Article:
“When you ask these children what they’d like to be when they are older, 36 per cent of 12-year-old boys say they want to be a martyr. Death is a way out for them. To them it is a source of hope.”
Although he sees Israel’s occupation as the primary cause of the problem, Serraj also accuses militant groups and Palestinian Authority leaders of taking advantage of the violence and the poverty of daily life to recruit children as young as eight into their “summer camps”.
Raed Othman, director of the non-governmental Palestinian network Maan TV, has produced discussion programs on incitement and related issues, often featuring Israeli journalists.
He claims that much of what Israeli pressure groups call incitement is merely reporting of Palestinian realities – little different from the wall-to-wall reporting that follows every major terrorist atrocity in Israel. But he concedes that there are problems with the highly emotional style and rhetoric that seeps into Arabic news writing.
“We are trying to give Palestinian journalists the idea that it is not right to exaggerate the issues,” he says. “It’s not necessary to use big or strong words in your articles. The occupation itself is incitement enough.”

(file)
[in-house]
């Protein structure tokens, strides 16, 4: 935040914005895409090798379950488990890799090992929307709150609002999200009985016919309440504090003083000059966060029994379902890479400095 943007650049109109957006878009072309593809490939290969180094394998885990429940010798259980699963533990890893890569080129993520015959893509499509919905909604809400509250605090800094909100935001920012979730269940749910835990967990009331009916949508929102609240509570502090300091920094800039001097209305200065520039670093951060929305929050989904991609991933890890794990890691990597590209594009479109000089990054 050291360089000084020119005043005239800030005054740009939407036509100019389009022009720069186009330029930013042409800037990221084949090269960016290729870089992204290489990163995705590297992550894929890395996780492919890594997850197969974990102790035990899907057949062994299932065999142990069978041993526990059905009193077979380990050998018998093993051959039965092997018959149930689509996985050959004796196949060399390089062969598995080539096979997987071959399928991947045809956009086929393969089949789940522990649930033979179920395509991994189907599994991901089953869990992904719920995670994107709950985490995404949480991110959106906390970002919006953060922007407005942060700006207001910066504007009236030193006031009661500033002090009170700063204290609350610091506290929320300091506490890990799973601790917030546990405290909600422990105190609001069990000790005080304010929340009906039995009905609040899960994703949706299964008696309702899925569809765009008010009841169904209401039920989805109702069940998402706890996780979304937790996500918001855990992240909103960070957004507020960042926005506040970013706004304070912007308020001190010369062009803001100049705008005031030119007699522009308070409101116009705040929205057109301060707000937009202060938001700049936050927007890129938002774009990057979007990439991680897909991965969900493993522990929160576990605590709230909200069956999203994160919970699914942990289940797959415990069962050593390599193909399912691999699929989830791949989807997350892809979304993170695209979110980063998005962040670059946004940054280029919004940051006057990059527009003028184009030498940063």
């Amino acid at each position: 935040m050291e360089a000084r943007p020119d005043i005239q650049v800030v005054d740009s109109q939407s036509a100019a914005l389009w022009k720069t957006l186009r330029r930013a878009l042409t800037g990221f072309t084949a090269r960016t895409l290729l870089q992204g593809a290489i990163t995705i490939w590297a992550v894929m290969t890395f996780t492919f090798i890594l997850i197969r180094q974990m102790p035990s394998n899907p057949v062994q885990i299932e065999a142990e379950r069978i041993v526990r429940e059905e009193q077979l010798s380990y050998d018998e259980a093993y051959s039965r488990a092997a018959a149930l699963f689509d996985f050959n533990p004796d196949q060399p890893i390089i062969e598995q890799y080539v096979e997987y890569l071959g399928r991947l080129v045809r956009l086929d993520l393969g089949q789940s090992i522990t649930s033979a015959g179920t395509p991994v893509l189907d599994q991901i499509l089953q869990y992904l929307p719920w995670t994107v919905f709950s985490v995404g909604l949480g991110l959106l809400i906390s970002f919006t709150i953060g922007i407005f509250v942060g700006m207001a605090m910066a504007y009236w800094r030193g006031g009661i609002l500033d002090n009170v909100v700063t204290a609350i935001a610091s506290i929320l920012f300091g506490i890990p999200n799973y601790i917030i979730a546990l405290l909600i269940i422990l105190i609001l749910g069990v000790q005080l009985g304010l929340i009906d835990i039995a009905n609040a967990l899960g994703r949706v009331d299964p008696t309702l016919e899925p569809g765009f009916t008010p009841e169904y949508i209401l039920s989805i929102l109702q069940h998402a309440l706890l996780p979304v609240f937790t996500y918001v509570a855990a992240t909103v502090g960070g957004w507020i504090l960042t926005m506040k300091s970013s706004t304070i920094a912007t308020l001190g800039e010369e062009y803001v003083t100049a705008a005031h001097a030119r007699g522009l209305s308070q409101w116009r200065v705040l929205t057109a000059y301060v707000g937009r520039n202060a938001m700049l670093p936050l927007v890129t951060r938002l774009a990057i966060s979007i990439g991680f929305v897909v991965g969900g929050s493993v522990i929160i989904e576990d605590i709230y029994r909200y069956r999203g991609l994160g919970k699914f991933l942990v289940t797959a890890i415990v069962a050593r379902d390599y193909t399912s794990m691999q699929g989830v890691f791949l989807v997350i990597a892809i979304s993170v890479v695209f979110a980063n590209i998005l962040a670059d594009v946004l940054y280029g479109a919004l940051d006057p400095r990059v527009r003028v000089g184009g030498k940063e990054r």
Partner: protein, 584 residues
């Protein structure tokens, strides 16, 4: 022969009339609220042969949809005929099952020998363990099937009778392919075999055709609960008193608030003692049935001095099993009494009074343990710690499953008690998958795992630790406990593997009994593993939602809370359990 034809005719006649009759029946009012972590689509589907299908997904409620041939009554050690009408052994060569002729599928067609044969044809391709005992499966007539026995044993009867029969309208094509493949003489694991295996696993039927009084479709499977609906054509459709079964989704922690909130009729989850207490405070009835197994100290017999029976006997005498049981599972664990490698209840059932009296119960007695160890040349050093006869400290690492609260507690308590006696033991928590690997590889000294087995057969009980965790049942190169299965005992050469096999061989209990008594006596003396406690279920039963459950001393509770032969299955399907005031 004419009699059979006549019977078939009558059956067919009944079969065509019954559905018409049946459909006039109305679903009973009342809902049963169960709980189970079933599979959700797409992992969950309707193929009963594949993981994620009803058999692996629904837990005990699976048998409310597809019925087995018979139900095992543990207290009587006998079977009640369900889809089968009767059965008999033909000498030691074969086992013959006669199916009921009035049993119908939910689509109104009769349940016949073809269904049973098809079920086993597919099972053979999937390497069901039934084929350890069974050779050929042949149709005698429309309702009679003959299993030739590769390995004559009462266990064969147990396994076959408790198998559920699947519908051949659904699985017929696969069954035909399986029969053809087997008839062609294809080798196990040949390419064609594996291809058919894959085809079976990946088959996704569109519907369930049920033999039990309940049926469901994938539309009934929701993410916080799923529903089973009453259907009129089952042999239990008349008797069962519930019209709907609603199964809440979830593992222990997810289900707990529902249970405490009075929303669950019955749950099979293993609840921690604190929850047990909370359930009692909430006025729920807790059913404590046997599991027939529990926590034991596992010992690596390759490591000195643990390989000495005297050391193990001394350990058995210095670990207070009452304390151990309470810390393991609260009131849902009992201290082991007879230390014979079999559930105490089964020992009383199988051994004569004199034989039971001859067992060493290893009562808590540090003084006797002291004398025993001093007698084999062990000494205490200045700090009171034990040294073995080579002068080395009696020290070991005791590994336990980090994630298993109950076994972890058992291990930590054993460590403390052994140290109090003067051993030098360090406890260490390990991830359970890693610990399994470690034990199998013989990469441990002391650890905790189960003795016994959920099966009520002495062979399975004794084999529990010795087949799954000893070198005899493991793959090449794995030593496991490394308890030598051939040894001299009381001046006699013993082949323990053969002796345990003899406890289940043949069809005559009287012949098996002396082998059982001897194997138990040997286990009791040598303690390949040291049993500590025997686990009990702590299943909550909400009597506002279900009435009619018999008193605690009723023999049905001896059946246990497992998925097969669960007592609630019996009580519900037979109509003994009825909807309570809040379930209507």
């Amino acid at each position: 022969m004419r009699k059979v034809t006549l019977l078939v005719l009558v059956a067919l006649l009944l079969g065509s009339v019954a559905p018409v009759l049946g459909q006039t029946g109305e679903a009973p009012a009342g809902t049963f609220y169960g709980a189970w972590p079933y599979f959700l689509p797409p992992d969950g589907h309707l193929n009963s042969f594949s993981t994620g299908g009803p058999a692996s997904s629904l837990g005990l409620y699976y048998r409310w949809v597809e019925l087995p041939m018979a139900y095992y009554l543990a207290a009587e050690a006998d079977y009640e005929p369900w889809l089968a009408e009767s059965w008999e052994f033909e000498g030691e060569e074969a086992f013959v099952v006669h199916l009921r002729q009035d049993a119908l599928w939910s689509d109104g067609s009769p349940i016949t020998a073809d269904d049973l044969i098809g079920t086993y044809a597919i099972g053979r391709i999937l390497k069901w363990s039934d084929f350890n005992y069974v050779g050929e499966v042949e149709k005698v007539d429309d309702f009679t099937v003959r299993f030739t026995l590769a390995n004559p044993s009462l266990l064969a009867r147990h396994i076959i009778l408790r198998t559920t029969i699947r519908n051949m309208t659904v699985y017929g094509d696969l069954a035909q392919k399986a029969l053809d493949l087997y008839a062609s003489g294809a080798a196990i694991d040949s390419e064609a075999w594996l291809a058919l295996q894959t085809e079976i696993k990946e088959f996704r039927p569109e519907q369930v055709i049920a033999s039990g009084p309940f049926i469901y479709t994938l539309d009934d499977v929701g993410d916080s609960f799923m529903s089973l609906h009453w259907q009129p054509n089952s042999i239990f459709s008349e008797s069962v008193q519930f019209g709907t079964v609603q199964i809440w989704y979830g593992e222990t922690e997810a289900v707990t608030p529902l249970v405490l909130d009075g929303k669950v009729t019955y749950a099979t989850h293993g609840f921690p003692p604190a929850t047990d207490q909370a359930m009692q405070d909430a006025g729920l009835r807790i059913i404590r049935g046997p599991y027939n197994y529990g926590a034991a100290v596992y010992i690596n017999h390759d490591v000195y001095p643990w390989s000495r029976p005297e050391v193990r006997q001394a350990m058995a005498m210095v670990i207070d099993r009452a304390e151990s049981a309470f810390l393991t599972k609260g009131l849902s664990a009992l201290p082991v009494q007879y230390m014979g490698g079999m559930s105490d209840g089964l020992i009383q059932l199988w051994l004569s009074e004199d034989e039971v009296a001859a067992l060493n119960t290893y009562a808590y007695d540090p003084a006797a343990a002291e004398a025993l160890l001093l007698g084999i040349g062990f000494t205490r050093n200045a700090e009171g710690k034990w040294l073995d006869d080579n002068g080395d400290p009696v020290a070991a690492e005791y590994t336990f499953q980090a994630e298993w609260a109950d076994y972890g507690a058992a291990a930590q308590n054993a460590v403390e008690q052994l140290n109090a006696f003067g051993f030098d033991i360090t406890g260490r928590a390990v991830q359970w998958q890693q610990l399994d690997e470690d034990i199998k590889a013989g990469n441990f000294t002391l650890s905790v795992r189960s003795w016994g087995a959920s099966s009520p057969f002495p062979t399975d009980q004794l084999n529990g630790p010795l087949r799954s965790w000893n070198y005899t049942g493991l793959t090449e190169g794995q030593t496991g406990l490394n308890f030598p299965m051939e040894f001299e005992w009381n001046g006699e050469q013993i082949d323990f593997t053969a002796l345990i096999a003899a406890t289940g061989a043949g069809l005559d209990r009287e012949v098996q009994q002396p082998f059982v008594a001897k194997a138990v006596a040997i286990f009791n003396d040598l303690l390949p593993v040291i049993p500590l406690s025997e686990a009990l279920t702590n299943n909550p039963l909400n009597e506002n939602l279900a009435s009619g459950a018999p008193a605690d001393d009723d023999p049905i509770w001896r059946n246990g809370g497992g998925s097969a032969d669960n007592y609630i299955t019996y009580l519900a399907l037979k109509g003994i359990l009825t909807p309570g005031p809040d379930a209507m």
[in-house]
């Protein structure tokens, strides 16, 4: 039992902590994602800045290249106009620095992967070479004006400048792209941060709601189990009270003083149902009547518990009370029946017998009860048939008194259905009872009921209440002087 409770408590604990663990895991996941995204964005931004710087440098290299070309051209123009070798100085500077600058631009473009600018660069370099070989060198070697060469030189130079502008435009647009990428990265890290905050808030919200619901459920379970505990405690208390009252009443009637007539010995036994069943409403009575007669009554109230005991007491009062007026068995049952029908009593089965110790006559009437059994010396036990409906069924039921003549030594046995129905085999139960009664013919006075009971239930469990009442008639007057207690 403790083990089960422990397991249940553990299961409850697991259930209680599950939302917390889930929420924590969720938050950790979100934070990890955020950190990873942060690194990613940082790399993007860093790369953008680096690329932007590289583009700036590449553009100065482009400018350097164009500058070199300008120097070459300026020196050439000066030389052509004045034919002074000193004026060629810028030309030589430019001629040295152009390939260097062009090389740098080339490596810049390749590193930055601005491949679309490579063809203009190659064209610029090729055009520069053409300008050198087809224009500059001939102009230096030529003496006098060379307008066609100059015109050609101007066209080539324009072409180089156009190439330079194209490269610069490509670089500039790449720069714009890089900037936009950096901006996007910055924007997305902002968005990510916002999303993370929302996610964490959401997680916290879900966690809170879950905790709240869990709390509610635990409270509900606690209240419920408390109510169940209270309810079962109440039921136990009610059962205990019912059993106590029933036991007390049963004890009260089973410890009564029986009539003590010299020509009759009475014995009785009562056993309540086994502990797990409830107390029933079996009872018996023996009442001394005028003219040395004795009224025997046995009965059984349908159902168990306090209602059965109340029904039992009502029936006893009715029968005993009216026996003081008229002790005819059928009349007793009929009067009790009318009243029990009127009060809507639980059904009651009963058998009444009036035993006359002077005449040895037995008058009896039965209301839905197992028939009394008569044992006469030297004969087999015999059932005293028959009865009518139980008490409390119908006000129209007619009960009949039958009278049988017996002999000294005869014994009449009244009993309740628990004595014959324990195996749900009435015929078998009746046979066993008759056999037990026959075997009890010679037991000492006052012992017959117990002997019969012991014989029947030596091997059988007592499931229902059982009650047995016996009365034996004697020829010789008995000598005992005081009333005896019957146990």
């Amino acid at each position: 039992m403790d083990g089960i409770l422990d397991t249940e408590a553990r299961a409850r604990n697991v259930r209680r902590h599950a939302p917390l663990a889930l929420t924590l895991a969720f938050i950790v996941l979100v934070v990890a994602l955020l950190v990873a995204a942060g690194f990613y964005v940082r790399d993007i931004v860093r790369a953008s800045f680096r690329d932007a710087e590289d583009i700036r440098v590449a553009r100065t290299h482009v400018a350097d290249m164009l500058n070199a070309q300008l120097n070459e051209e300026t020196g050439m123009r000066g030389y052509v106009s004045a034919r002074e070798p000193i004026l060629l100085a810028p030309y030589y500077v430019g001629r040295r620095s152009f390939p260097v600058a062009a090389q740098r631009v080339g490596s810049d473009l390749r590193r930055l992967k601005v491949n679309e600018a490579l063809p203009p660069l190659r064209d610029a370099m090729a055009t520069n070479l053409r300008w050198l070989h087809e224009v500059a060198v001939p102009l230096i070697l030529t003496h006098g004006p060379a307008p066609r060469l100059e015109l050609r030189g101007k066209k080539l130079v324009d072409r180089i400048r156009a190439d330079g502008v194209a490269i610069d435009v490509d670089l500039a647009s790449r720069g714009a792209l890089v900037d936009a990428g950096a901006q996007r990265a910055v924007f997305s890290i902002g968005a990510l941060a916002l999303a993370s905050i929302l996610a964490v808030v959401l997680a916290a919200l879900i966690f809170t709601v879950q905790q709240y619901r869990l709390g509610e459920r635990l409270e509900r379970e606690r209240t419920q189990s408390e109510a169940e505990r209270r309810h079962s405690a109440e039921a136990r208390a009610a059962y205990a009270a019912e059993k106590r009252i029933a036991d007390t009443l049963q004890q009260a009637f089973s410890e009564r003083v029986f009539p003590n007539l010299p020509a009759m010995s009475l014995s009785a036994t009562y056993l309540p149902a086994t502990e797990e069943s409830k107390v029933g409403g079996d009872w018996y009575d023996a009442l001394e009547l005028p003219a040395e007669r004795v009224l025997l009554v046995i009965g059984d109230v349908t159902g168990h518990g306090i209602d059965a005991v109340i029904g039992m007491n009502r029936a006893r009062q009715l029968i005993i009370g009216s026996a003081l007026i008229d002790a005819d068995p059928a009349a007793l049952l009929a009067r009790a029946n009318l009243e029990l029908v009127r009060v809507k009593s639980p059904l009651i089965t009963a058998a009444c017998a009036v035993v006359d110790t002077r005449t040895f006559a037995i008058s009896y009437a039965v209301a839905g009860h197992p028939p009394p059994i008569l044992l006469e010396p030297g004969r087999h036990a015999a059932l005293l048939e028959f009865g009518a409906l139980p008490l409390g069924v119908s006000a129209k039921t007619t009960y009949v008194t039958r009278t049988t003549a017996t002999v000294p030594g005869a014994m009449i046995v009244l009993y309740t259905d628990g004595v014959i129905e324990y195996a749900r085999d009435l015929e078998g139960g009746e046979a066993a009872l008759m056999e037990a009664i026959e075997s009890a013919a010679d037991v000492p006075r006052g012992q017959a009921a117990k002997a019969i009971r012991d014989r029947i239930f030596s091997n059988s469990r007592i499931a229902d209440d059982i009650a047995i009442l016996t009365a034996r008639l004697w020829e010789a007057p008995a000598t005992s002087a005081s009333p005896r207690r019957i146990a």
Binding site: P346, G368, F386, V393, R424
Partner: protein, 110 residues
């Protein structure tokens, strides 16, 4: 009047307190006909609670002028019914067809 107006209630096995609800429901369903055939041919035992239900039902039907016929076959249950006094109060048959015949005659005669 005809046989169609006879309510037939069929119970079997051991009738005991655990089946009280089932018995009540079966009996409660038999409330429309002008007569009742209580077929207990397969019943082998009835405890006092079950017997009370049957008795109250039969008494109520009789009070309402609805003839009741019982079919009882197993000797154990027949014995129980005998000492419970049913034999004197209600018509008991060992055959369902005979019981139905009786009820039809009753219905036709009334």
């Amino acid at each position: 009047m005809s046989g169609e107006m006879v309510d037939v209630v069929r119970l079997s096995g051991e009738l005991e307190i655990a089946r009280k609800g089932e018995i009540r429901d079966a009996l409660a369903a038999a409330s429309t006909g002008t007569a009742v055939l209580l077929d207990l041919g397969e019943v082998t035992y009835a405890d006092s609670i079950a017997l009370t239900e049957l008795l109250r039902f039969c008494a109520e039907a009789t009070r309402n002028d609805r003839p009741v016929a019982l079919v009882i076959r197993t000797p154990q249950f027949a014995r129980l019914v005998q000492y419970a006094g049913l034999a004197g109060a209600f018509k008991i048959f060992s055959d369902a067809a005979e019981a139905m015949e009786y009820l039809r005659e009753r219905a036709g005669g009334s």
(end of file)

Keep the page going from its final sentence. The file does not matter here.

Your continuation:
Many Palestinians also complain of the crude bias and propaganda of the Arafat-controlled Palestinian Authority TV channels. Few still watch them. Instead, the most popular sources for news are now Arab satellite channels like Al Jazeera and Al Arabiya, Western sources like the BBC and even Israeli Army Radio. Not that the Israeli media is perfect, says Othman.
“The Israeli media is full of propaganda by the Government – their news reports take whatever the Israeli Defence Force spokesmen say as completely true. The result is that Israelis who live right beside Bethlehem, close enough to hear the loudspeakers when they impose a curfew, have no idea of what really goes on here. How can they know in Tel Aviv?”